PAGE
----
“Coming up with names for all these fish would be a problem,” said James Civiello, manager of Shepherd of the Hills Hatchery in Branson.
Civiello was referring to the 1.4 million 2- to 11-inch trout currently in residence at the hatchery. He said Shepherd of the Hills produces the sleek, silver fish, as if from a cookie cutter stamp, month after month, year after year.
Shepherd of the Hills is one of 10 fish-rearing facilities in Missouri’s fish hatchery system. Conservation Department hatcheries raise and release fish by the millions, and not just trout. The state hatcheries’ product line ranges from channel catfish to paddlefish, from Topeka shiners to muskies.
It’s true that fish generally can reproduce on their own. Female fish lay eggs by the thousands, but they usually need that many. It’s a fish-eat-fish world underwater, and only a tiny fraction of young fish survive.
In most state lakes and streams, that tiny fraction is enough to ensure future generations of fish for anglers to catch. However, there are special situations where waters or fish or anglers need a boost from hatcheries.
Trout are a good example. Although we have rivers cool enough to support trout, only a few state streams have self-sustaining populations of rainbow trout. Brown trout are unable to reproduce here. Much of the great trout fishing we have in Missouri and millions of the dollars of economic activity generated by trout fishing annually depend on Conservation Department hatcheries.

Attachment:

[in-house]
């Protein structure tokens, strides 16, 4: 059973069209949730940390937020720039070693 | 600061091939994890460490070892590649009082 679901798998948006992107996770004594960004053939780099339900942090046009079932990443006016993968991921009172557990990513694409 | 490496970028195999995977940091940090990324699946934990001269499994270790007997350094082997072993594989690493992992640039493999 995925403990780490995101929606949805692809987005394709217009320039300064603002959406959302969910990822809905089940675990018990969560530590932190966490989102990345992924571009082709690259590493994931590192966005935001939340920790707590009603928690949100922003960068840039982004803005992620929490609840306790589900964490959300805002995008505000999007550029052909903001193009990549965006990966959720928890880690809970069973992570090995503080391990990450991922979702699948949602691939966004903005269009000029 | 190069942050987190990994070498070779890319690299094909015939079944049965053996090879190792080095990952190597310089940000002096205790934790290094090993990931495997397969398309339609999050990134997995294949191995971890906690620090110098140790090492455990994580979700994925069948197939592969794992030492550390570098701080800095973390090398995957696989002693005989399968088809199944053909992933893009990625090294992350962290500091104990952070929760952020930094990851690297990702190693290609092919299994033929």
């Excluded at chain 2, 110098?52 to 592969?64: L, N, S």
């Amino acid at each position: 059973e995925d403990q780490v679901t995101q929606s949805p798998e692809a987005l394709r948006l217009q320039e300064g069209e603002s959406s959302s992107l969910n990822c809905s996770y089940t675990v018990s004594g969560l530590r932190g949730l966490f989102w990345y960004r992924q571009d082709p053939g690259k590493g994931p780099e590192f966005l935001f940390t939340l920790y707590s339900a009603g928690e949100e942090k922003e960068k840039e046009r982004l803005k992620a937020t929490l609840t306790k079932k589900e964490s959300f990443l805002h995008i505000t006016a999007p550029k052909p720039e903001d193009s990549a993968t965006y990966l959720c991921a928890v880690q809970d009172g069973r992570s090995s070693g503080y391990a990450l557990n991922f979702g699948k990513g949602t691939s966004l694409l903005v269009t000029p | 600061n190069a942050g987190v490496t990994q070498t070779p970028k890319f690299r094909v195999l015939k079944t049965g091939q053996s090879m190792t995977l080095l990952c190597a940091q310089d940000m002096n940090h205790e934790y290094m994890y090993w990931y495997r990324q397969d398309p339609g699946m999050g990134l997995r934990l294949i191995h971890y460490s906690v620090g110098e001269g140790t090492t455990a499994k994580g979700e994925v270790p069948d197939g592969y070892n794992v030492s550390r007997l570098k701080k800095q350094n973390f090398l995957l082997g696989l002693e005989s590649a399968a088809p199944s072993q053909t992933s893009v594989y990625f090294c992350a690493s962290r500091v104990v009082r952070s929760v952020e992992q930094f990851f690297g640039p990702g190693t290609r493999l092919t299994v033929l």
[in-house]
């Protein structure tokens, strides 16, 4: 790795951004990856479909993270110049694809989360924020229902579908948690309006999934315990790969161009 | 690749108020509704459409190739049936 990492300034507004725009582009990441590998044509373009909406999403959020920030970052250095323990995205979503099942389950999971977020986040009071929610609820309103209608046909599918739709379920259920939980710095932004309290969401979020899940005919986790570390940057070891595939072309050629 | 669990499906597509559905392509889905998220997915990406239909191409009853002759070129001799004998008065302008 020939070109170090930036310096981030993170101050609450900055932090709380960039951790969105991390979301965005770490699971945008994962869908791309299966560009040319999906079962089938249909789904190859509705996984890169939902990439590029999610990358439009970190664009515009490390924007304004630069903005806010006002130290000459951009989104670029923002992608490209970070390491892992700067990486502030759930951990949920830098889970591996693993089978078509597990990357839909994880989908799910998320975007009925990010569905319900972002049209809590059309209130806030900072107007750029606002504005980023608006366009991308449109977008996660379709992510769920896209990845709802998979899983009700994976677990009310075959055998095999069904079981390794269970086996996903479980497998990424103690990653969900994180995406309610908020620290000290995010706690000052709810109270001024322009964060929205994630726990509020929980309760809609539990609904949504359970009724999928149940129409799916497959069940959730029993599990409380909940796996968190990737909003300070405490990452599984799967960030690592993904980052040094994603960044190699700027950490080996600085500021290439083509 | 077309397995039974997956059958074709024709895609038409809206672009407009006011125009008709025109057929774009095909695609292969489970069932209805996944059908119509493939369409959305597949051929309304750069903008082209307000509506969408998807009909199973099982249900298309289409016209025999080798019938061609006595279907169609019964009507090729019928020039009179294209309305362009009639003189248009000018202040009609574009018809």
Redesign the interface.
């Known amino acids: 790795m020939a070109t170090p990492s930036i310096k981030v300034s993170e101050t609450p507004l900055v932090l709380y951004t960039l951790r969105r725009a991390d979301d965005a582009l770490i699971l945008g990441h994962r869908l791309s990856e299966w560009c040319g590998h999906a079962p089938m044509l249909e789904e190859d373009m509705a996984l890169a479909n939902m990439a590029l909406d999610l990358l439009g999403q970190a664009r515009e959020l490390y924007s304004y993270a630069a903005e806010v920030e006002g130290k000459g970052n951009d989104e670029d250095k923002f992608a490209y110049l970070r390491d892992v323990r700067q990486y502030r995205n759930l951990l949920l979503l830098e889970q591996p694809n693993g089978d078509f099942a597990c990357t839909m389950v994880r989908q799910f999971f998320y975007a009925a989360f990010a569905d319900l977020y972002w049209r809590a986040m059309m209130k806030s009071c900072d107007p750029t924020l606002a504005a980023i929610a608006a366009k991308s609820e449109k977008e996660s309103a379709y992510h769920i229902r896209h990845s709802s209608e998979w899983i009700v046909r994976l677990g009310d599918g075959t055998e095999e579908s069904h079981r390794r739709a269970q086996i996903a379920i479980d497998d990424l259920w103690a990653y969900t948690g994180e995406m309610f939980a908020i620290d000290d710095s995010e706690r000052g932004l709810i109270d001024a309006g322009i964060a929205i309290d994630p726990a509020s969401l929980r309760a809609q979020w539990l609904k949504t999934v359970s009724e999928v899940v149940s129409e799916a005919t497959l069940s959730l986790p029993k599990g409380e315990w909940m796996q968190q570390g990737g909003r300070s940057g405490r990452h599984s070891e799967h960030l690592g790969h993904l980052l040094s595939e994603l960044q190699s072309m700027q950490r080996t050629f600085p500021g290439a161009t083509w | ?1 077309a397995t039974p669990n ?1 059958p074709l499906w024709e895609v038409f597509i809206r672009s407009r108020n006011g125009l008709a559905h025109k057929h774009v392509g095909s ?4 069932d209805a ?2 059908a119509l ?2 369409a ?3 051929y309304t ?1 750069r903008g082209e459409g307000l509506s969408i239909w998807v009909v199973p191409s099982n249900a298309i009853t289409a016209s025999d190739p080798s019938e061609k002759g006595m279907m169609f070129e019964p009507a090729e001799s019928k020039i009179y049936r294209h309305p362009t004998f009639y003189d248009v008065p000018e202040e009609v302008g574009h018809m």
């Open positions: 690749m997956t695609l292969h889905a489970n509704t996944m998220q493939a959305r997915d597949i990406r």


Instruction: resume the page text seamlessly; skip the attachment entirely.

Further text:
The department maintains five cold-water hatcheries to keep anglers supplied with trout. Four of the hatcheries are at trout parks. The fifth, and largest, cold-water hatchery is located on the south edge of Branson, next to the upper portion of Lake Taneycomo.
The cold-water hatcheries stock about 1.5 million trout into Missouri waters each year. Most of those fish are of catchable size—at least 10 inches long.
Raising trout to that size is a monumental job. The trout start out as tiny eggs taken in the spring or fall from brood stock at the hatchery. After the eggs hatch, the young fish have to be fed up to 12 times a day. During the 15 to 18 months before they are released, the trout need to be kept well-oxygenated, well-fed and disease-free.
Shepherd of the Hills Hatchery accomplishes this task with the help of eight full-time employees. The hatchery workers monitor the automatic systems that track temperatures and oxygen levels, feed and grade the trout,